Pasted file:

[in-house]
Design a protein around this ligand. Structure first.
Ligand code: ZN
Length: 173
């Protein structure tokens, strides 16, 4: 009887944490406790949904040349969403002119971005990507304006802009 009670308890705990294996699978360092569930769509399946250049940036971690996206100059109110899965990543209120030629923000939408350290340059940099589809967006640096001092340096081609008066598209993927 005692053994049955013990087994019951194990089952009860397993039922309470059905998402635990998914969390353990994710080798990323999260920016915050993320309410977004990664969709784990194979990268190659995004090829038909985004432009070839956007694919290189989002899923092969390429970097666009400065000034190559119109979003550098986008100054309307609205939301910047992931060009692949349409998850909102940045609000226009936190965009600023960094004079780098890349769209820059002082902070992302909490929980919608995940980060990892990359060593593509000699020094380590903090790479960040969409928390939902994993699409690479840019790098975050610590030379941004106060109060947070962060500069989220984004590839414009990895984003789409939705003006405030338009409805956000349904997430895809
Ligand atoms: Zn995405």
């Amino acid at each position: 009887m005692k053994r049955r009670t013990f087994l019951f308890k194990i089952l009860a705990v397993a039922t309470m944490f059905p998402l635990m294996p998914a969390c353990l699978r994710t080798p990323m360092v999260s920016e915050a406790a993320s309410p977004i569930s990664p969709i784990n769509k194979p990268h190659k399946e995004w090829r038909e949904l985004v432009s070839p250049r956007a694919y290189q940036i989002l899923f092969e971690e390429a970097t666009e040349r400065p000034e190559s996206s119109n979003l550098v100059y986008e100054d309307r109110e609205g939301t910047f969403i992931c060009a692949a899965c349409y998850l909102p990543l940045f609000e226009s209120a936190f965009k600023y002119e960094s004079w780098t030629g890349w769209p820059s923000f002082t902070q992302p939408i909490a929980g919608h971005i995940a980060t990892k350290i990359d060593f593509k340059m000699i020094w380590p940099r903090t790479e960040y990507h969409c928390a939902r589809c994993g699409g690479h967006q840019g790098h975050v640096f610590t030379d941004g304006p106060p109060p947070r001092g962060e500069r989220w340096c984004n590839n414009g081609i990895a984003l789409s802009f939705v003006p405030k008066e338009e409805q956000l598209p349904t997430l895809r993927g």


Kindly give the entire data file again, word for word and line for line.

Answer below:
[in-house]
Design a protein around this ligand. Structure first.
Ligand code: ZN
Length: 173
């Protein structure tokens, strides 16, 4: 009887944490406790949904040349969403002119971005990507304006802009 009670308890705990294996699978360092569930769509399946250049940036971690996206100059109110899965990543209120030629923000939408350290340059940099589809967006640096001092340096081609008066598209993927 005692053994049955013990087994019951194990089952009860397993039922309470059905998402635990998914969390353990994710080798990323999260920016915050993320309410977004990664969709784990194979990268190659995004090829038909985004432009070839956007694919290189989002899923092969390429970097666009400065000034190559119109979003550098986008100054309307609205939301910047992931060009692949349409998850909102940045609000226009936190965009600023960094004079780098890349769209820059002082902070992302909490929980919608995940980060990892990359060593593509000699020094380590903090790479960040969409928390939902994993699409690479840019790098975050610590030379941004106060109060947070962060500069989220984004590839414009990895984003789409939705003006405030338009409805956000349904997430895809
Ligand atoms: Zn995405």
């Amino acid at each position: 009887m005692k053994r049955r009670t013990f087994l019951f308890k194990i089952l009860a705990v397993a039922t309470m944490f059905p998402l635990m294996p998914a969390c353990l699978r994710t080798p990323m360092v999260s920016e915050a406790a993320s309410p977004i569930s990664p969709i784990n769509k194979p990268h190659k399946e995004w090829r038909e949904l985004v432009s070839p250049r956007a694919y290189q940036i989002l899923f092969e971690e390429a970097t666009e040349r400065p000034e190559s996206s119109n979003l550098v100059y986008e100054d309307r109110e609205g939301t910047f969403i992931c060009a692949a899965c349409y998850l909102p990543l940045f609000e226009s209120a936190f965009k600023y002119e960094s004079w780098t030629g890349w769209p820059s923000f002082t902070q992302p939408i909490a929980g919608h971005i995940a980060t990892k350290i990359d060593f593509k340059m000699i020094w380590p940099r903090t790479e960040y990507h969409c928390a939902r589809c994993g699409g690479h967006q840019g790098h975050v640096f610590t030379d941004g304006p106060p109060p947070r001092g962060e500069r989220w340096c984004n590839n414009g081609i990895a984003l789409s802009f939705v003006p405030k008066e338009e409805q956000l598209p349904t997430l895809r993927g």